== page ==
This is my first post, so forgive me if I'm in the wrong place!!!(adsbygoogle = window.adsbygoogle || []).push({});

I know this topic has come up before, but I haven't seen quite what I need. I am basically looking for the math behind de-rotating the 3-D vectors (x,y,z) that I read out of an accelerometer, in order to compensate for gravity.

So I'll try to use an example. I have an accelerometer mounted on a surface, but it may be slightly tilted on the X axis (roll) and slightly tilted on the Y-axis (pitch). I'm assuming X axis points forward/back. Due to these slight rotations, I will have gravity components in the X and Y readings from the accelerometer.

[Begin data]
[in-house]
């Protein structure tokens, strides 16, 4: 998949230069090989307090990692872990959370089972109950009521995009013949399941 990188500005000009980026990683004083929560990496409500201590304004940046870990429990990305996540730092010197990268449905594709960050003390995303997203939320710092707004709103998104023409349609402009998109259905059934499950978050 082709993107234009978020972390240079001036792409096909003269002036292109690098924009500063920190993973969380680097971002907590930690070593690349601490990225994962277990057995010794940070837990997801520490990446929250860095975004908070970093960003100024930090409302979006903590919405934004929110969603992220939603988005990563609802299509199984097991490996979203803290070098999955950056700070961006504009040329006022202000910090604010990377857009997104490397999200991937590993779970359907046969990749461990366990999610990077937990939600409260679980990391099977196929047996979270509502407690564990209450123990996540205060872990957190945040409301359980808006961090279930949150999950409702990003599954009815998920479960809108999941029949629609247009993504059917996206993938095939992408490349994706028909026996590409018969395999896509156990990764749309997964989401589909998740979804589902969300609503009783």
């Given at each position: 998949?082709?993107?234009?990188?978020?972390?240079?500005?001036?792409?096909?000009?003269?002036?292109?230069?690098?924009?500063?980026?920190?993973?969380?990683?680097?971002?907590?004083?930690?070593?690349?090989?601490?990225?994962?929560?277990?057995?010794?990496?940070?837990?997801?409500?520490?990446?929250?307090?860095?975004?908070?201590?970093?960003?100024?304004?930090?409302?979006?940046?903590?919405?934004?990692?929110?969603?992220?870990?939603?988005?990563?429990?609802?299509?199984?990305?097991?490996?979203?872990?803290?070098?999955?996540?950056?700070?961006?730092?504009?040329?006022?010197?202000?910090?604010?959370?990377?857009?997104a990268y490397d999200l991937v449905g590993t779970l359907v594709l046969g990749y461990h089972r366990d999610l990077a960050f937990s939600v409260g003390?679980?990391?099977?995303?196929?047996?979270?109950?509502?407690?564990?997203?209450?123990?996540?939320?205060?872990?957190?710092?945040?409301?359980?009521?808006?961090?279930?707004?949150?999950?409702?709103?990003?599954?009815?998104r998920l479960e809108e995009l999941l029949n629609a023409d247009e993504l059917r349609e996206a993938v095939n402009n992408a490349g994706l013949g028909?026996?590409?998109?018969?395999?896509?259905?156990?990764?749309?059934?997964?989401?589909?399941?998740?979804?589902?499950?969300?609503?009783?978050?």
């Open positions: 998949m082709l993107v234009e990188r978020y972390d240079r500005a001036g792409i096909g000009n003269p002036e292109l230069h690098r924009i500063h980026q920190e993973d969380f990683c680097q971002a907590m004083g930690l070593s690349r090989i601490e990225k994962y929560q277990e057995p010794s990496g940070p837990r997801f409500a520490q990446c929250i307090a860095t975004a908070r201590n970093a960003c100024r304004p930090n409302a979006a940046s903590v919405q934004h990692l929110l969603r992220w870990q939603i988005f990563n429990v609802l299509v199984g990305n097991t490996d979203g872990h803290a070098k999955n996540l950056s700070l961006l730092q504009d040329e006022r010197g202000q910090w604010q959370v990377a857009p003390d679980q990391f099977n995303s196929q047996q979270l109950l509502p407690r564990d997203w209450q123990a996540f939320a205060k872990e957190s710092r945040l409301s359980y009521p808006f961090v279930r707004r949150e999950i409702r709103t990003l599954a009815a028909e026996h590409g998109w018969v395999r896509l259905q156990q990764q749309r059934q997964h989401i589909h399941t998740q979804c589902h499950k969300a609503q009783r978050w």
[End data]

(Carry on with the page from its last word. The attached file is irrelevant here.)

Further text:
So at steady state, I read out a relatively constant vector v1 = (x,y,z), where z is close to 1, but not quite since x and y are non-zero.

Given that vector v1, how do I de-rotate future readings (v2,v3 etc..) to compensate for this?? I have read lots of quaternions lately, and can sort of use them... but I can only use them to do a straight rotation about the X-axis lets say. I'm not sure how I can apply them for this example..

Any helps much appreciated!!

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# Compensating for accelerometer values

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